My stories spend a lot of time percolating in my head before I get any words on paper. I think of ideas while I’m washing up, or in the shower, or driving to work and try to jot brief notes down on paper ASAP if it’s practical. I usually do a handwritten spider diagram to set out the main characters, their backgrounds and personalities, the setting and themes too. By the time I start writing I have a very good idea of how the story is going to be structured and will unfold, but apart from that I kind of write into the wind i.e. it’s organic! The characters often do things I wasn’t expecting, but I’ve found that tends to make the story better. If it’s unpredictable it makes it more fun for me, and if I’m having fun I figure my readers are too. I often don’t write in order; I go back and forth and write scenes when they are most vivid in my head. After finishing the first ‘dirty draft,’ I put it away for a few weeks and then go back to it to redraft. I revise each story at least four times and then again after I’ve had my editor’s notes. I am a horrible perfectionist so it always takes me longer than planned to finish a story to the point I’m happy with it.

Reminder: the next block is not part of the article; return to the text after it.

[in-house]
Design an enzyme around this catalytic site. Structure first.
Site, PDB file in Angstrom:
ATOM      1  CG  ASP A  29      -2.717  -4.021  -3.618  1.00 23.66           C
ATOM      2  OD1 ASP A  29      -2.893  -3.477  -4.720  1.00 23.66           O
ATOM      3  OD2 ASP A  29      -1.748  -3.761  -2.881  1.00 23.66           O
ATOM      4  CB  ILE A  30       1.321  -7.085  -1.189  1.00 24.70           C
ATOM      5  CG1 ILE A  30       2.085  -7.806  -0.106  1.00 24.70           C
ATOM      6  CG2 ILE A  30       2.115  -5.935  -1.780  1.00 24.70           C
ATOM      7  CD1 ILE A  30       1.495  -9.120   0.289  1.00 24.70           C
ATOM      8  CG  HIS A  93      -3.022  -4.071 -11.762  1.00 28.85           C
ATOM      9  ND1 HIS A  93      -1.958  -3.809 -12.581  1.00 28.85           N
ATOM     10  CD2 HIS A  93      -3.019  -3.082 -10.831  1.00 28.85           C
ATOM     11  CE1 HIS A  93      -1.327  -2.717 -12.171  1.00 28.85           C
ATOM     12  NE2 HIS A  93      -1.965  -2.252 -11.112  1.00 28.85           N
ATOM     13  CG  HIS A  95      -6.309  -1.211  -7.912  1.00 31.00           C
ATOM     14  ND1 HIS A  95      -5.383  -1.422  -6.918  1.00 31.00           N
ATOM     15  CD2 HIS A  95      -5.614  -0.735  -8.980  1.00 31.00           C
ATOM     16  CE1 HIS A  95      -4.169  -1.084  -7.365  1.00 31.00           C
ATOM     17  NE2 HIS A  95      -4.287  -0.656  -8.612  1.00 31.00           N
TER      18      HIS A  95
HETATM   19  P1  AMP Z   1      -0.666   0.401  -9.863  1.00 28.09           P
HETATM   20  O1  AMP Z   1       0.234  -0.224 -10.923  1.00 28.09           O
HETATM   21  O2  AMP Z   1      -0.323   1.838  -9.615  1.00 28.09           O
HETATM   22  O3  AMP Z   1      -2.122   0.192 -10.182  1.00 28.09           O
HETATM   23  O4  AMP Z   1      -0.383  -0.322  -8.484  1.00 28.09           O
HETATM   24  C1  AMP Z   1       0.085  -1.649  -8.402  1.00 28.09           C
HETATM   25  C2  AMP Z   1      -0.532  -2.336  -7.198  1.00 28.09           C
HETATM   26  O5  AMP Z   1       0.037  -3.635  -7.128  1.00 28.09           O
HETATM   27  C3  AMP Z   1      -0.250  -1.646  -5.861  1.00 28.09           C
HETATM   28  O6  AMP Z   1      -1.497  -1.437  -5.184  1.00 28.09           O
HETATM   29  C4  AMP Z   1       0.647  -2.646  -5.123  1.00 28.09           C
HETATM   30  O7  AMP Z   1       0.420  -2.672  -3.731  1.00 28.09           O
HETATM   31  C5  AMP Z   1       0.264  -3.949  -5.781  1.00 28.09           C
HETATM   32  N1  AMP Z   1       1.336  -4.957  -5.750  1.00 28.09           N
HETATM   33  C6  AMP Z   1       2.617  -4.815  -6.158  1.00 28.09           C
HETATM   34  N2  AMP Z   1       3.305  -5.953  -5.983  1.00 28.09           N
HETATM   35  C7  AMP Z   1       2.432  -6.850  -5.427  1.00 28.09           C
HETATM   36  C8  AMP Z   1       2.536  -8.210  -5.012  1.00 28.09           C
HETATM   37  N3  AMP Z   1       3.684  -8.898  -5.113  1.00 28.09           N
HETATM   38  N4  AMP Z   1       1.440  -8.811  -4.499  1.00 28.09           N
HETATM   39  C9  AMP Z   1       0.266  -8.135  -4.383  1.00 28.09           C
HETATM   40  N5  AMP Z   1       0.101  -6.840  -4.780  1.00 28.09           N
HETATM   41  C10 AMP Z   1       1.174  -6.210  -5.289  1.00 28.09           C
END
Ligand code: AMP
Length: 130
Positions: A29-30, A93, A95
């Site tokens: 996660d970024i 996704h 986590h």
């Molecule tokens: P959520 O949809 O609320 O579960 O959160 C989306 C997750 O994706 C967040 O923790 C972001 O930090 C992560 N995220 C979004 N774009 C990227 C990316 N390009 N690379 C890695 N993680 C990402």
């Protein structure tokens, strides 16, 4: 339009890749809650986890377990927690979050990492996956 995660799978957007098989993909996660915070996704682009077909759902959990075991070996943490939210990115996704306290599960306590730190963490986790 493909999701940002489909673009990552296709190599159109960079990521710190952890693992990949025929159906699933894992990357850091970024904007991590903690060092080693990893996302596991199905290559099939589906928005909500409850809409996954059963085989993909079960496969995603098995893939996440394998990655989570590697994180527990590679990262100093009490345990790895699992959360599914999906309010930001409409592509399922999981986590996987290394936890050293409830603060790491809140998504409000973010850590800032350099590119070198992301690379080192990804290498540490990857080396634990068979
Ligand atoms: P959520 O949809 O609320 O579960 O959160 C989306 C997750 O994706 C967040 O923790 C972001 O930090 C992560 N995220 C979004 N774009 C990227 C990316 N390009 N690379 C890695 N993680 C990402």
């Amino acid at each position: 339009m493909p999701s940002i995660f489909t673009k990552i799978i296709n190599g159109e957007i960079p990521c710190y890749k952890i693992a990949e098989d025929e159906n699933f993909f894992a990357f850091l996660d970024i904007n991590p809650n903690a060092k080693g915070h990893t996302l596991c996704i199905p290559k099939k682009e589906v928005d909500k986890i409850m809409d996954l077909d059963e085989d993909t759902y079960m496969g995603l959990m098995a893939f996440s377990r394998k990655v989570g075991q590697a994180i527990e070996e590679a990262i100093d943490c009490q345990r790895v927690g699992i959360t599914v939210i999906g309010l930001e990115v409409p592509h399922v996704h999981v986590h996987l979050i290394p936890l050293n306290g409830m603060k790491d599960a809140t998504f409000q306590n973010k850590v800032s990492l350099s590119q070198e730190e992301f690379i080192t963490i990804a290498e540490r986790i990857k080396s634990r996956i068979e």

The final book in the #LoveLondon series is ‘Picnics in Hyde Park’ when is this released and what’s next for you?

It’s due out on 25th June. I can hardly believe it; the last six months have flown by and I’m feeling a bit sad that the initial publication journey for this series is almost over. But of course I’m hoping the series itself will have a long and happy life. As for what’s next, I’m planning on taking a break from writing for a month or two to focus on doing some local media press – I would love to go on the radio – and perhaps organise a few book signings with my two paperbacks. After that I’m going to spend a few months working on a commercial women’s fiction book and may start looking for an agent. Of course, at some point I’m planning to do more with HarperImpulse given how fab they are.